Despite the previous demarcation between the two areas of the country in terms of financing and the supply of materials for new homes, Sears had always presented a unified face to its "Modern Homes" program. It wasn't uncommon to see the same ad content appearing in multiple newspaper across the regions where "Modern Homes" were sold, the only difference being references to local sales offices or perhaps a local testimonial. In one case, a model house that was built in Lansing, Michigan, was presented as if it had been constructed locally in any number of communities. Likewise, the "Modern Homes" catalog sometimes referenced specific Sears offices but inside, the list of models was almost uniform, no matter where the catalog was mailed. 

Front cover of Sears "Modern Homes" catalog (1940)

The last "Modern Homes" catalog was issued in 1940 (likely becoming available in late 1939) featuring a number of tried-and-true models as well as a number of new models that had been introduced in late 1938. But in the spring of 1940, advertisements for "Modern Homes" in states like New Jersey, New York and eastern Pennsylvania started to feature a brand new group of home designs that had never appeared in the "Modern Homes" catalog. A number of these ads highlighted that these new designs were based on plans from Randolph Evans, a New York City-based architect. 

Ad from April 1940 "Morning Call" - Allentown, Pennsylvania

We don't know exactly how many individual home sales Sears had in general or of these new designs but an enterprising sales manager in Middlesex County, New Jersey made it a habit of reporting his new home sales in the local newspapers. From those articles, from 1940 - 1942, I've been able to identify over 30 homes sold, most of which I've been able to locate. The most common example that I've seen in the group is the "Falmouth", one of the Evans designs. Most of the remainder of the homes are either also likely Evans designs or custom designs. There were a handful of examples of homes from the 1940 "Modern Homes" catalog including the "Carver", "Lewiston" and "Medford". While one county's worth of house sales isn't a definitive answer on the kinds of homes being sold, it's telling that most of the advertising from states covered by the Port Newark office featured Evans designs or custom designs. Only a handful of ads featured models from the 1940 catalog.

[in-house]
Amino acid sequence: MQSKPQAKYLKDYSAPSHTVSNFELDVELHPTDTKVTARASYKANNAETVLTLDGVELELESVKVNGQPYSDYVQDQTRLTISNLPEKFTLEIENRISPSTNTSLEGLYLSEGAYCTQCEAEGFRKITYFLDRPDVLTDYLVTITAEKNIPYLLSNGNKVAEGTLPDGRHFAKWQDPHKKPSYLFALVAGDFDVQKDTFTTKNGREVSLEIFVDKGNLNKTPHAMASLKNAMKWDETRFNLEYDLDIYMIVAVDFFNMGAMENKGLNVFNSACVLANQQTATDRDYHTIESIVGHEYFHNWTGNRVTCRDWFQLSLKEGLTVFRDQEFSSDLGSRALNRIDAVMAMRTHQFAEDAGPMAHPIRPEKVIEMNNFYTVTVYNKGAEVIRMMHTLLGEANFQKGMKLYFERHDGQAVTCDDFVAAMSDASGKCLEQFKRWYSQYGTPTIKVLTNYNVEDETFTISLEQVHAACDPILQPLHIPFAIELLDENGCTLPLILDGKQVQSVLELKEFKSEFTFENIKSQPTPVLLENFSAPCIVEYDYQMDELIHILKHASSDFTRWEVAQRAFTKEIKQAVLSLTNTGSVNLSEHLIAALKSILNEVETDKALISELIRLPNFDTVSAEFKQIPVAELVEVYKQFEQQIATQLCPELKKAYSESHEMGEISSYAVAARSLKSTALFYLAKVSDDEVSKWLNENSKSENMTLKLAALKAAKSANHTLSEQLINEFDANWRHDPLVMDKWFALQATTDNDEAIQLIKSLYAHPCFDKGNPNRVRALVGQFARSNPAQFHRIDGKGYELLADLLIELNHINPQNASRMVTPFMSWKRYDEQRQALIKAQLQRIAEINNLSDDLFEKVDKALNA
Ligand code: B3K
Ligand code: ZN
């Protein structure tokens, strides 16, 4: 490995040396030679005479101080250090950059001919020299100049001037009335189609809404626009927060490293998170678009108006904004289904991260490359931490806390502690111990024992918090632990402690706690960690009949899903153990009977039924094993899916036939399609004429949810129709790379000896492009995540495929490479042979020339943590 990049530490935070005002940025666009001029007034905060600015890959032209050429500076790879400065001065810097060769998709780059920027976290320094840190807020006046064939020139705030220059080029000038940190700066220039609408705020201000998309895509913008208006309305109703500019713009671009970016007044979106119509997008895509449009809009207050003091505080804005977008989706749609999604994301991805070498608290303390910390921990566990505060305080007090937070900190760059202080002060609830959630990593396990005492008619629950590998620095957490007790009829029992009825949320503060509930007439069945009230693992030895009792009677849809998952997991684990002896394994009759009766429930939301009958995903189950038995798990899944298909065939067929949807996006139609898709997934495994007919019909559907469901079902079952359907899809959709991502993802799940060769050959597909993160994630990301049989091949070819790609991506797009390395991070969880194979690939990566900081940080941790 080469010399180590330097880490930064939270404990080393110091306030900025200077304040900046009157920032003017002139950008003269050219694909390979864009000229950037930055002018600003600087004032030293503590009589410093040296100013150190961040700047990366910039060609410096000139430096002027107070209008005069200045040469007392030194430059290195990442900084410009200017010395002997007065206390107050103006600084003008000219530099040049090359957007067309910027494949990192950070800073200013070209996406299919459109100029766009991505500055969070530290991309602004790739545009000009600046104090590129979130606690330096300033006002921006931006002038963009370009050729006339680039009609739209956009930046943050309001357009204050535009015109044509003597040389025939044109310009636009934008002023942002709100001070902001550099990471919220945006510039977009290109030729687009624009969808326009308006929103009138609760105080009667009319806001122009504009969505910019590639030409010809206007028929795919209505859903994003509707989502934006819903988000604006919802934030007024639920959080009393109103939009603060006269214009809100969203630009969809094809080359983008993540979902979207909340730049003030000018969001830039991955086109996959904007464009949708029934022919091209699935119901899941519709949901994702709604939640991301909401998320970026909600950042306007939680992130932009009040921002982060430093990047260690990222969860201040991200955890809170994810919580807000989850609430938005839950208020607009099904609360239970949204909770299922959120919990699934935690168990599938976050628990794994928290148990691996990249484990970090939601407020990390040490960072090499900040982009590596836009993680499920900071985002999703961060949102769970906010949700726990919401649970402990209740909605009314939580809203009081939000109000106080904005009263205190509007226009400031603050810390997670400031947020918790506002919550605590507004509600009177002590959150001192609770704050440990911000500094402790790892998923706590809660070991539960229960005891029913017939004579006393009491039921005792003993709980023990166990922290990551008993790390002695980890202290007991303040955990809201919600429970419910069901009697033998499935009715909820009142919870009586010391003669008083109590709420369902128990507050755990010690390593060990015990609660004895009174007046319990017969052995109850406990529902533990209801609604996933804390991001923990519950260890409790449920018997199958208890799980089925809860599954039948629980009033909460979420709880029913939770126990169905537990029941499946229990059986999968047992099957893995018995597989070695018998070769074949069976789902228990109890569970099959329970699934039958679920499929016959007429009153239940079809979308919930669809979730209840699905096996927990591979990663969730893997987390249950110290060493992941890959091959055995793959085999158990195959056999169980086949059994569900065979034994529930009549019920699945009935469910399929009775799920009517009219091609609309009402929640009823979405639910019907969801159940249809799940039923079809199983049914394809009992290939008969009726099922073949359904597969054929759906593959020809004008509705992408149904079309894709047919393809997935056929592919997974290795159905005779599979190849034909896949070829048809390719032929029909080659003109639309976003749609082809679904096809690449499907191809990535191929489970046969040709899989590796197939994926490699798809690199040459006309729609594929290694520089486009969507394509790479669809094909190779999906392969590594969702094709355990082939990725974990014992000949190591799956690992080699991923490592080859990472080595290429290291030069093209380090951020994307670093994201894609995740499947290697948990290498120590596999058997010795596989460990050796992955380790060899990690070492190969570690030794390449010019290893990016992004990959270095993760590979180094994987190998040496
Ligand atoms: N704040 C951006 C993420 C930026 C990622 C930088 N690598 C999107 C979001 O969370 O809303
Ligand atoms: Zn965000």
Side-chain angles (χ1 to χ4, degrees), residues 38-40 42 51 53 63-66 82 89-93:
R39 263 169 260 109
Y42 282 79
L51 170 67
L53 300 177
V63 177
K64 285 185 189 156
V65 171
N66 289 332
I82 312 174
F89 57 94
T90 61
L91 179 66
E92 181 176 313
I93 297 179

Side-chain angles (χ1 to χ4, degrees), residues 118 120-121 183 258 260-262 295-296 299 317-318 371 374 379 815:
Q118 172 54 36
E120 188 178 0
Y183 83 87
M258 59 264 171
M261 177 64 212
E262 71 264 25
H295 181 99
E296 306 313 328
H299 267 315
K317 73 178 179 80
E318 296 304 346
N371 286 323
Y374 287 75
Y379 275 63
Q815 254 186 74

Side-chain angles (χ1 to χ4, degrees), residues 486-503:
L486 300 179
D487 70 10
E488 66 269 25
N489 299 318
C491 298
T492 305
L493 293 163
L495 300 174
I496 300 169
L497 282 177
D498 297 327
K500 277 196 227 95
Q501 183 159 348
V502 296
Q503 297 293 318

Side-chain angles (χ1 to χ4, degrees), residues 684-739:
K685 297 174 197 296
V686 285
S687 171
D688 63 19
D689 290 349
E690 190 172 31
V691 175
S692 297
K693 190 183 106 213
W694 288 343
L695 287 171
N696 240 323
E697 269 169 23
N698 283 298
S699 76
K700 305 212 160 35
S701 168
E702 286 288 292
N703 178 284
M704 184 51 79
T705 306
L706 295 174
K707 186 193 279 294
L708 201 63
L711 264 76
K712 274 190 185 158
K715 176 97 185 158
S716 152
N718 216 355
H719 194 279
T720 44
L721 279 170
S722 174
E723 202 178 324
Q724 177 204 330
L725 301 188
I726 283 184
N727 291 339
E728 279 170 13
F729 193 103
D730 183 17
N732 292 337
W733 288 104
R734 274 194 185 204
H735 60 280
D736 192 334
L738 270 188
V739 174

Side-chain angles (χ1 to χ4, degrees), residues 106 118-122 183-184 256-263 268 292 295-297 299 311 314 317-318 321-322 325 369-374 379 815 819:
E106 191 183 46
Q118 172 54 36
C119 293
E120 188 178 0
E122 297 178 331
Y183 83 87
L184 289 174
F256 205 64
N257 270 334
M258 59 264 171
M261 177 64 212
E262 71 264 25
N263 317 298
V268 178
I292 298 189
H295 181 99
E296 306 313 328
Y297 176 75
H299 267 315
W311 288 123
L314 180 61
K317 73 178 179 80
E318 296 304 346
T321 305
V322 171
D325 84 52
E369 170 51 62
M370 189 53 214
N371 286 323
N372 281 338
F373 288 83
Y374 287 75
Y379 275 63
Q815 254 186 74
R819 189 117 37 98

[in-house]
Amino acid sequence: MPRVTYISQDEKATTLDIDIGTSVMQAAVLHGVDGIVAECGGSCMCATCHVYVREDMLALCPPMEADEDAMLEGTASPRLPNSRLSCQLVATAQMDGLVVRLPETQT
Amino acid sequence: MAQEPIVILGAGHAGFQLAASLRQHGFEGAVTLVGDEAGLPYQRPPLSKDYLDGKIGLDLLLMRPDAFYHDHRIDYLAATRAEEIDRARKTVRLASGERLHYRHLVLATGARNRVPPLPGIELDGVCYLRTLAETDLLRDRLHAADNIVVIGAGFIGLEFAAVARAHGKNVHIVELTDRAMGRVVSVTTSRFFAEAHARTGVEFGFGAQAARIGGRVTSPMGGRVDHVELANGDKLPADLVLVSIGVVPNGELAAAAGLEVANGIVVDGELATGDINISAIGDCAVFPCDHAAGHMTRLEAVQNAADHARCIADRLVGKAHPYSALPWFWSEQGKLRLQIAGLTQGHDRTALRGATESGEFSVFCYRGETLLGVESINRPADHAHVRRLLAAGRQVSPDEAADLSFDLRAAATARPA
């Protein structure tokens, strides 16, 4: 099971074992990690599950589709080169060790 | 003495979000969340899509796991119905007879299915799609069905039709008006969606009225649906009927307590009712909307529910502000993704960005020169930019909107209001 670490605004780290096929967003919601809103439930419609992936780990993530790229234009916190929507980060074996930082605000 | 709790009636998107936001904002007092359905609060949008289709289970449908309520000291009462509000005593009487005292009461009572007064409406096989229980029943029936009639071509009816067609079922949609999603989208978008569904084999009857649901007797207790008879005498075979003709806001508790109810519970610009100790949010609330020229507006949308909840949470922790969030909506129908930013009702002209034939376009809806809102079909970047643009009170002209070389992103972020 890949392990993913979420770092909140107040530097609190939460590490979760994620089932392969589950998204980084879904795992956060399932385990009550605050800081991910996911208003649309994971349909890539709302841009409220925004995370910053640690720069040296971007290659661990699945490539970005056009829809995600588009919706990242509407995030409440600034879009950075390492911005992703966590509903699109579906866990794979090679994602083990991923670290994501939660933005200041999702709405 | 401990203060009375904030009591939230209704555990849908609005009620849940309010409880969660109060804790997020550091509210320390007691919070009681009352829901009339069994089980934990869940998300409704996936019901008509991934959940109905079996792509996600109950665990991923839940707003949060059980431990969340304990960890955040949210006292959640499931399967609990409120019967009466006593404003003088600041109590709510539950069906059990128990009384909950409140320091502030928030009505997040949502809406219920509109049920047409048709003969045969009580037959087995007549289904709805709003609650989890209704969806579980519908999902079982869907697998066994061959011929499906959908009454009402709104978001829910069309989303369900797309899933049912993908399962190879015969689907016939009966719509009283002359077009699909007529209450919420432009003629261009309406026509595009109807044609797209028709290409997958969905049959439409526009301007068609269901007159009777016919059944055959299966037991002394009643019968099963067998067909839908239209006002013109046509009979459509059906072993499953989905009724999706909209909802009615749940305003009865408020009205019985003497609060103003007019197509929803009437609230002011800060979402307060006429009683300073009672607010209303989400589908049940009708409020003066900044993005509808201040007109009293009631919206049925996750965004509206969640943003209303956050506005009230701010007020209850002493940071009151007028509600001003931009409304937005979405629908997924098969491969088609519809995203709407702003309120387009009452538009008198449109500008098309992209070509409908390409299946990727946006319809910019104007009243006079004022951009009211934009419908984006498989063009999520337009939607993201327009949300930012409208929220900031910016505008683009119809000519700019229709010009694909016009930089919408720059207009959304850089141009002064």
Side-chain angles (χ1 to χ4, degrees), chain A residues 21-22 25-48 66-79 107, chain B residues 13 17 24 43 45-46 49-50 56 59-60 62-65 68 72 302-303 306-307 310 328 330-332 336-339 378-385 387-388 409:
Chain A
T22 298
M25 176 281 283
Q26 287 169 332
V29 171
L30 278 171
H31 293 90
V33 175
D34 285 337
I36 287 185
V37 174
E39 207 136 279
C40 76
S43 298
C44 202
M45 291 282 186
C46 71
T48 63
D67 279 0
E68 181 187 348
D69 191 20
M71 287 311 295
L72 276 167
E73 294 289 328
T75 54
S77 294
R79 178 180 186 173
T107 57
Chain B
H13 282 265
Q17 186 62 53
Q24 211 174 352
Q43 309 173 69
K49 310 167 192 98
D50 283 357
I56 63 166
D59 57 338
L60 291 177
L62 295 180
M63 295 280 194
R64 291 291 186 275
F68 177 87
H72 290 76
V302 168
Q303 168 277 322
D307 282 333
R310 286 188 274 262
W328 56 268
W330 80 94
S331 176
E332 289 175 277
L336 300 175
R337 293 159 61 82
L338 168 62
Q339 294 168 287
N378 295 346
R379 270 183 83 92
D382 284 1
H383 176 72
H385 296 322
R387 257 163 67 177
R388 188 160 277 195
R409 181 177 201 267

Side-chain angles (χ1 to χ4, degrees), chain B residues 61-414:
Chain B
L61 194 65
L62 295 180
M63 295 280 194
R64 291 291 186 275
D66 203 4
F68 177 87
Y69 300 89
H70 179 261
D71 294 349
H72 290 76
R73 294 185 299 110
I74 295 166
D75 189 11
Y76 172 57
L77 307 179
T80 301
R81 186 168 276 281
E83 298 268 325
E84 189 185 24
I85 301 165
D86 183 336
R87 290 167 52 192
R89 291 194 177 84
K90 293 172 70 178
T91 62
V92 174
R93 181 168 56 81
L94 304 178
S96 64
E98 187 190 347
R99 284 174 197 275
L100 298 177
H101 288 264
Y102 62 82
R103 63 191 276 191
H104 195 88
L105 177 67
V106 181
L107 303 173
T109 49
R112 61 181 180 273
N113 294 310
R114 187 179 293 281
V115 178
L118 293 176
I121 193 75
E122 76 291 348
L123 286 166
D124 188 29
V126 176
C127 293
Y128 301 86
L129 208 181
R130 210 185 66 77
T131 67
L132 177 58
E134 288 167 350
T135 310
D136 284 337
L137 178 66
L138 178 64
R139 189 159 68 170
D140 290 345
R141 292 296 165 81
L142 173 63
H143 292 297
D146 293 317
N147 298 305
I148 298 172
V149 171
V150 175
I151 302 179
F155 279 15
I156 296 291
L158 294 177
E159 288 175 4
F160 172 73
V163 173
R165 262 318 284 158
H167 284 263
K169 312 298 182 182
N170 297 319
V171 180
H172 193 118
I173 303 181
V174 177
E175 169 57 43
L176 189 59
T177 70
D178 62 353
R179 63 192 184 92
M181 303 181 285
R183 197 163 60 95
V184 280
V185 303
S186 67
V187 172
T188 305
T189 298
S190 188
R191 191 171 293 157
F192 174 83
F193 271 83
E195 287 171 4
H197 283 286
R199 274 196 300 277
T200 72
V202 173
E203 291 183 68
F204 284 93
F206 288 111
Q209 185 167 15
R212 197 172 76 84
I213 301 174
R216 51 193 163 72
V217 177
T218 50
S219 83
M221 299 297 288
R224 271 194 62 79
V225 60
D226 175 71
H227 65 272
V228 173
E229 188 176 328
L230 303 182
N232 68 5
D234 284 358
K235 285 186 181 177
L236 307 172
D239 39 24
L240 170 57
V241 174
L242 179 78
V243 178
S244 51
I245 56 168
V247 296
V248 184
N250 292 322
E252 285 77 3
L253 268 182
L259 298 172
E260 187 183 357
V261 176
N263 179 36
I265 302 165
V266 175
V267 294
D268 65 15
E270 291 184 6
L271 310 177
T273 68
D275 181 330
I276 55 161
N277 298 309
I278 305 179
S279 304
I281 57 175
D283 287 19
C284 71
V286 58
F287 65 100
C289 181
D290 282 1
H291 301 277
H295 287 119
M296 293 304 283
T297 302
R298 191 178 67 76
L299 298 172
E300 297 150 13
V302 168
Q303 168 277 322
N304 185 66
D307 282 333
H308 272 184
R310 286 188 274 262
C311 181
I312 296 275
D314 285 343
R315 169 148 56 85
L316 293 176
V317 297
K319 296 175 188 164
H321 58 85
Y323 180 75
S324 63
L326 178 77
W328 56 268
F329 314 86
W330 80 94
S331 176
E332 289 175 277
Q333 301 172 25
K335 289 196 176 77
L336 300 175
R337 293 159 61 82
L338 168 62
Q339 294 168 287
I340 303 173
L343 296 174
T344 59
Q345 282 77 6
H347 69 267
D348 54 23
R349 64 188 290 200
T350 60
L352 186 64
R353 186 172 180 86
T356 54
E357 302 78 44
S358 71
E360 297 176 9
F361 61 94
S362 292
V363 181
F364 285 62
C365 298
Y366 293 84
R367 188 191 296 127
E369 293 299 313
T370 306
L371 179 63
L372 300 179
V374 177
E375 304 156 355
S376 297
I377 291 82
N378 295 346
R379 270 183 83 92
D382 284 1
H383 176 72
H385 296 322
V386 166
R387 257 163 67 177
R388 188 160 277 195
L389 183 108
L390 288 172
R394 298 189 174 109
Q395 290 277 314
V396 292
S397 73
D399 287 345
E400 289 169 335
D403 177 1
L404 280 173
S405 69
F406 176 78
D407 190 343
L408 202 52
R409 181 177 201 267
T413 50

Sears "Falmouth" model
Portion of an ad from March 1941
 "Morning Call" - Allentown, Pennsylvania

Not long after the Evans home designs were featured in ads for individual home sales, they started appearing in ads touting Sears latest innovation in "Modern Homes" - the Sears "Home Club Colonies" (also sometimes referred to as "Club Plan Colonies"). In the spring of 1940, Sears announced their first "Home Club" development in Cranford, New Jersey. Previously, Sears had only sold their homes directly to individuals or builders and developers. Now, Sears had decided to take on the role of developer itself. 

Article from July 1940 "Morning Call" - Paterson, New Jersey

In most of the "Home Clubs" that were eventually developed, Sears acquired the property, secured the necessary approvals to subdivide and develop the property and then installed the infrastructure to support the new development. Sears then marketed the "Home Club" to prospective home buyers, typically offering a dozen different home plans from the portfolio of home designs that Randolph Evans had created for Sears. The homes were then built by Sears-selected contractors using plans and materials from Sears.  Sears had big plans for the "Home Club" developments. In August 1940, it was stated that they expected to sell 2,000 - 3,000 homes through these developments.  

Ad from May 1941 "Courier-News" - Bridgewater, New Jersey